It may be hard to believe, but it has now been 7 years since then CEO Apple CEO Steve Jobs (RIP) unveiled the original iPad. At the time, Apple heralded the iPad as a reinvention of mobile computing; a device that could do most of what your desktop or notebook could do, but in a smaller, lighter form-factor.
Initially available in only a 9.7-inch display size, sales of the iPad quickly took off, skyrocketing to become Apple’s No. 2 revenue generator right behind the iPhone. It wasn’t long before Apple began to expand its lineup, adding the smaller 7.9-inch iPad mini in 2012, the 12.9-inch iPad Pro in late 2015, and the 9.7-inch iPad Pro in early 2016.
However, over the years, it appears that Apple has lost its way with regards to how it wants to market the iPad family. Or it could just be that consumers simply are “over” the iPad phenomena and prefer more productive platforms. When it was first unveiled, the iPad was a $499+ novelty that allowed you to lounge on your couch and surf the web, catch up on a few TV shows via Netflix or tap out a quick email. And we can’t forget iBooks, which turned the iPad into a glorified eReader.
Unlike smartphones though, most consumers didn’t feel that urge to upgrade their iPads on a yearly or even every-other-year basis. Once you purchased an iPad, there was little reason to upgrade. Couple that with the rise of large screen smartphones (5.5-inches and larger), most people found that they didn’t need the bulkier form-factor of a tablet — especially when a smartphone can fit in your pocket. And we can’t forget that Microsoft has found a comfortable niche with its Surface Pro family of tablets, which unquestionably provide a more powerful and versatile computing platform than what’s possible on even the iPad Pro.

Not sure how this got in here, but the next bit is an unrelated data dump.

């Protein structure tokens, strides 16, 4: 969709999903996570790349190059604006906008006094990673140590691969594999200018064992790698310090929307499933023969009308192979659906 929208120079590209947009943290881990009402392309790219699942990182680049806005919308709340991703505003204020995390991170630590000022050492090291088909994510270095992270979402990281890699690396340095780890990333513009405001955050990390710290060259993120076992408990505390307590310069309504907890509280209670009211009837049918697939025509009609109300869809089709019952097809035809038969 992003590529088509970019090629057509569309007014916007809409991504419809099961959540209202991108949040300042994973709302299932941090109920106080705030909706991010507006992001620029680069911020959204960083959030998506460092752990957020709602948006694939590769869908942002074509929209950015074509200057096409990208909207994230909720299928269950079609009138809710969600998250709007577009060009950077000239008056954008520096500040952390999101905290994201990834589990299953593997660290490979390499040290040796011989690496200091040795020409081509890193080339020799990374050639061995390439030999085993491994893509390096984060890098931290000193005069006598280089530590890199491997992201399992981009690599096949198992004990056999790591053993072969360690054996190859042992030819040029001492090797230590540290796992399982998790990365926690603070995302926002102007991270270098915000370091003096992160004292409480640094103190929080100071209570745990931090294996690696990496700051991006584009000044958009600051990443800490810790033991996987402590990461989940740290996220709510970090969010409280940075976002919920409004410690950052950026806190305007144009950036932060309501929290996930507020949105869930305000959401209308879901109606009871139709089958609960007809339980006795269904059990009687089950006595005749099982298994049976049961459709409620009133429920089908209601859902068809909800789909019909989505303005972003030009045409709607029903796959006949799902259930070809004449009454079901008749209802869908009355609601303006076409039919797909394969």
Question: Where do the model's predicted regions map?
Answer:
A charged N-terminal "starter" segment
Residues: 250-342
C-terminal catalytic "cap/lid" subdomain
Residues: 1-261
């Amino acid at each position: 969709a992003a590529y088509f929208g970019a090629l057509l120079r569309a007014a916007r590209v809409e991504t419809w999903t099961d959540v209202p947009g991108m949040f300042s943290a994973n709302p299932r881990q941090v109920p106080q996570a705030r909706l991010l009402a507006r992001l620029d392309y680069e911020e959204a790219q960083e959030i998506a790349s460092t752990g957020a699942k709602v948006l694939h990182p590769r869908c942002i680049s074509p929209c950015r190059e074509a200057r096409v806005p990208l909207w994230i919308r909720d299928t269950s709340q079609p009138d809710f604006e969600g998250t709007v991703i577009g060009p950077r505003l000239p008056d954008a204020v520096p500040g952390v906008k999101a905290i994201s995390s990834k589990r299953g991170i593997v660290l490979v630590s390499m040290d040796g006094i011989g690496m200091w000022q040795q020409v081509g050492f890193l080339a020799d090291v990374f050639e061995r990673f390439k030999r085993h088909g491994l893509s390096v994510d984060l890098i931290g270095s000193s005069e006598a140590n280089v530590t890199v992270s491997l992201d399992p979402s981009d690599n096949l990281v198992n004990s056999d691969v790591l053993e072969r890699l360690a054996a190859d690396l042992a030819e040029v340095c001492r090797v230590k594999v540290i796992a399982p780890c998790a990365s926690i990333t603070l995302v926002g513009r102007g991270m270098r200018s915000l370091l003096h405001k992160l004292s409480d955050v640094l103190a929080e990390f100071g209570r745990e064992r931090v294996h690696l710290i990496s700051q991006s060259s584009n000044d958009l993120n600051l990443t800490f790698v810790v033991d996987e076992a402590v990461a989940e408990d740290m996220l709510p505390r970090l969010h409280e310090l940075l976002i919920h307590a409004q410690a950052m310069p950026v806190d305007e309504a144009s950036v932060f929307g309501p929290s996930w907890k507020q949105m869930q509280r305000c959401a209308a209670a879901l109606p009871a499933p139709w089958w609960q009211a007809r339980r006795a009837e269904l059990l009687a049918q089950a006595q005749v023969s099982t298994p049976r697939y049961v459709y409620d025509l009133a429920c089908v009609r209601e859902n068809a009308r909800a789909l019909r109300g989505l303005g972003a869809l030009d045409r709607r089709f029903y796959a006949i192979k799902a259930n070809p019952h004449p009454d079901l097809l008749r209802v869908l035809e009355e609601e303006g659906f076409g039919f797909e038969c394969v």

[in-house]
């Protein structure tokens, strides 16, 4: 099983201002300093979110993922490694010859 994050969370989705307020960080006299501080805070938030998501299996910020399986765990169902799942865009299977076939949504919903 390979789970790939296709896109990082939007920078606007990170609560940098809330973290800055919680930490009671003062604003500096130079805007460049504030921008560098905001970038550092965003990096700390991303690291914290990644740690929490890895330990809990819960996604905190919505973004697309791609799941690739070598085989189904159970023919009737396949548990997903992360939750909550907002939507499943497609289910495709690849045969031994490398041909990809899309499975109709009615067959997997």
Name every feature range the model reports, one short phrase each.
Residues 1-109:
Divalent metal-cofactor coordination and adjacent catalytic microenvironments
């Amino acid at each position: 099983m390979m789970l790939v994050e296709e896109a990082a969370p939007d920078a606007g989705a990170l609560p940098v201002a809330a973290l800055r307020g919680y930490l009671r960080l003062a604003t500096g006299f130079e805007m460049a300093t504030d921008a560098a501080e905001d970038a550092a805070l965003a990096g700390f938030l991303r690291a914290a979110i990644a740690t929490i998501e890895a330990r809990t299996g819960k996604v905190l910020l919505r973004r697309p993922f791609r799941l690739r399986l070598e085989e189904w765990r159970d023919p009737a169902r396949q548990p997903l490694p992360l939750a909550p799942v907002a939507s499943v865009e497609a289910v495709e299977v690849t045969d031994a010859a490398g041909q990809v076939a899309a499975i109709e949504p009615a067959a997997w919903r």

iPad shipments peaked in 2014 and have been on a steady decline since. During its most recent completed quarter (fiscal Q4 2016), iPad sales declined another 6 percent year-over-year to 9.3 million. This is even after retailers have thrown rather steep discounts on the entire family of iPads, including the entry-level iPad mini. And the average selling price of the iPad has fallen from around $650 when the tablet first launched 7 years ago to just over $450 today as the cheaper iPad mini has begun to proliferate in the marketplace.
It remains to be seen if Apple will continue to see dwindling sales of its once prized product category. As we become even more attached to our smartphones and embrace models with even larger screens (the upcoming Samsung Galaxy S8 is expected to be available in 5.8-inch and 6.2-inch screen sizes), will there still be a place for a tablet device that slots in between a smartphone and a fully-fledged laptop or PC-based convertible? Perhaps it is time to reinvent the iPad, as it appears that consumers are getting tired of more of the same.